Gulf, Middle East & Asia
The six nations that formed the Gulf Cooperation Council (GCC) in 1981—Saudi Arabia, Kuwait, Bahrain, Qatar, the United Arab Emirates, and Oman—are all oil-producing monarchies. Until a few decades ago, they were among the poorest countries in the world. Since the discovery of oil and particularly the oil price revolution of the early 1970s, the six have been able to carry out massive programs of socioeconomic development that have dramatically increased the per capita income of their citizens, resulted in a huge immigration of foreign workers, strengthened the control of ruling families over the states, and thrust the members into the international spotlight. Saudi Arabia is by far the largest of the group with a population estimated at 27 million. The other five range in size between 700,000 and 3 million.
The Middle East is that part of Western Asia extending from the eastern Mediterranean coast of Turkey and Syria, through the desert to Iraq and Arabia, and to the East through Iran to the Caspian, the Caucasus, and the Black Sea. Into Africa, it includes Egypt, and, by some accounts, Arab North Africa. This area comprises mountains, deserts, fertile plains irrigated by grand rivers, and seacoasts. Climatically, the Middle East ranges from the temperate Mediterranean coast, to the extreme heat of the arid desert areas, to snowy mountains. This variety of terrain produces a wide range of food ingredients.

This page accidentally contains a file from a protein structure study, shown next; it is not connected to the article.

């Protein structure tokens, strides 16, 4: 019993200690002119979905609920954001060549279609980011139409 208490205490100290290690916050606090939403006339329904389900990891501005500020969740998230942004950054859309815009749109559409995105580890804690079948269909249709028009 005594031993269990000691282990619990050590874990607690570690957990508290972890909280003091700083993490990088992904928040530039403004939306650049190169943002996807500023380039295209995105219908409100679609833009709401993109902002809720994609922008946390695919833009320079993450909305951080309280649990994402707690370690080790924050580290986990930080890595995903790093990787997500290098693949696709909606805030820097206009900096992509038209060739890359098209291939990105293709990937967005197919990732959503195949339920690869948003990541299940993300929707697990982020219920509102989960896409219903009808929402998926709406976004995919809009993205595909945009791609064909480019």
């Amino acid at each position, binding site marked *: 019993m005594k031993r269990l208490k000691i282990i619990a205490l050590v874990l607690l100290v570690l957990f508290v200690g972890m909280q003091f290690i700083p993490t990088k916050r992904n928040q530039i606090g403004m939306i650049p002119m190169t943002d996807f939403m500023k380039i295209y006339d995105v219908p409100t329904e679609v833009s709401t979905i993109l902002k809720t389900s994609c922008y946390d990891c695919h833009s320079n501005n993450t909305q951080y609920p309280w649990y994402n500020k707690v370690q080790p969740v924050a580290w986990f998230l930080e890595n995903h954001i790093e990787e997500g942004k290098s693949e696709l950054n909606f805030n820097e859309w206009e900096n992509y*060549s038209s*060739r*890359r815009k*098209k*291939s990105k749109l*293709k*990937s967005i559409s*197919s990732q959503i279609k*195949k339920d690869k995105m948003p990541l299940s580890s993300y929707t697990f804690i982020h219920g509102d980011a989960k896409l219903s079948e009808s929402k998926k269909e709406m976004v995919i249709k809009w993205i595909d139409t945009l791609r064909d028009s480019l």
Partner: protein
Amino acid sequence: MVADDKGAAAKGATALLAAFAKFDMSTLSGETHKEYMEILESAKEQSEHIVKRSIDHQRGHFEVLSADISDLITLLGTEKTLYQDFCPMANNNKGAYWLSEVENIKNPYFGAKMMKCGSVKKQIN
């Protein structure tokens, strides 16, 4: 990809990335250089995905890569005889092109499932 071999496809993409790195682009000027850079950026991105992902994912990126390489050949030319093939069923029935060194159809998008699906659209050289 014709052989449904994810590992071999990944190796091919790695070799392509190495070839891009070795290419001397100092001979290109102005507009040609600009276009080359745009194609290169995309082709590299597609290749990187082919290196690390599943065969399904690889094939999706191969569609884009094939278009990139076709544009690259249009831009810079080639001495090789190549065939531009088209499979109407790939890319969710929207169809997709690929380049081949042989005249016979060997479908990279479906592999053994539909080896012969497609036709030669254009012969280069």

Three centuries separate the missions of Vasco da Gama to India in 1498 and George Macartney to China in 1793. Da Gama opened a new sea route to the Orient; Lord Macartney, ambassador of Great Britain, sought to renegotiate the terms of trade with the Qing (Manchu) empire. During the course of the intervening centuries, successive waves of Europeans sailed into Asia—after the Portuguese came the Dutch, English, Spanish, and French. Their experiences taught them that there was more than one Asia. In south and east Asia, there were the powerful and expansive continental empires of the Mughals and the Manchus. In northeast Asia, there were the secluded kingdoms of Korea and Japan. But initially, for the Europeans, there was above all the Asia of the Indian Ocean trading network.
We fly to Gulf, Middle East & Asia with: